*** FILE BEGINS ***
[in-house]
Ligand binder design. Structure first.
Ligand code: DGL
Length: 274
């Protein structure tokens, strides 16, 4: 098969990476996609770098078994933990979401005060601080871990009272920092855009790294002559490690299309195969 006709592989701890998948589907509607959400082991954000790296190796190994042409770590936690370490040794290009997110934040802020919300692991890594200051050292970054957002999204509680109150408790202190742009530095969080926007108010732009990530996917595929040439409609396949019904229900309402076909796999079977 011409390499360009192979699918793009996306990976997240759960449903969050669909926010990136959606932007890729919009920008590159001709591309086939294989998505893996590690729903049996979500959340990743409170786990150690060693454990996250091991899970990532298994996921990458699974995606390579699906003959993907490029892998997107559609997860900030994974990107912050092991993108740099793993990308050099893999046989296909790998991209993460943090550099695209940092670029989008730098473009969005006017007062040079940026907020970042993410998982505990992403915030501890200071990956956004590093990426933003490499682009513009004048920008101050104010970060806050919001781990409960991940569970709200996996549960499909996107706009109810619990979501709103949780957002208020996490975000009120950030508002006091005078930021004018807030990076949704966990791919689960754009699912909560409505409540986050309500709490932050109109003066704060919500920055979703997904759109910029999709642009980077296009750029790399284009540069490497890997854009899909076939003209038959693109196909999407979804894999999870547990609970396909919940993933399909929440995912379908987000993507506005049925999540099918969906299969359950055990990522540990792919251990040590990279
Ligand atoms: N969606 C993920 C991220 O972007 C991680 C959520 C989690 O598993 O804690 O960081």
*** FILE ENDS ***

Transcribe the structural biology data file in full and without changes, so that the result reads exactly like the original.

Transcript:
[in-house]
Ligand binder design. Structure first.
Ligand code: DGL
Length: 274
């Protein structure tokens, strides 16, 4: 098969990476996609770098078994933990979401005060601080871990009272920092855009790294002559490690299309195969 006709592989701890998948589907509607959400082991954000790296190796190994042409770590936690370490040794290009997110934040802020919300692991890594200051050292970054957002999204509680109150408790202190742009530095969080926007108010732009990530996917595929040439409609396949019904229900309402076909796999079977 011409390499360009192979699918793009996306990976997240759960449903969050669909926010990136959606932007890729919009920008590159001709591309086939294989998505893996590690729903049996979500959340990743409170786990150690060693454990996250091991899970990532298994996921990458699974995606390579699906003959993907490029892998997107559609997860900030994974990107912050092991993108740099793993990308050099893999046989296909790998991209993460943090550099695209940092670029989008730098473009969005006017007062040079940026907020970042993410998982505990992403915030501890200071990956956004590093990426933003490499682009513009004048920008101050104010970060806050919001781990409960991940569970709200996996549960499909996107706009109810619990979501709103949780957002208020996490975000009120950030508002006091005078930021004018807030990076949704966990791919689960754009699912909560409505409540986050309500709490932050109109003066704060919500920055979703997904759109910029999709642009980077296009750029790399284009540069490497890997854009899909076939003209038959693109196909999407979804894999999870547990609970396909919940993933399909929440995912379908987000993507506005049925999540099918969906299969359950055990990522540990792919251990040590990279
Ligand atoms: N969606 C993920 C991220 O972007 C991680 C959520 C989690 O598993 O804690 O960081």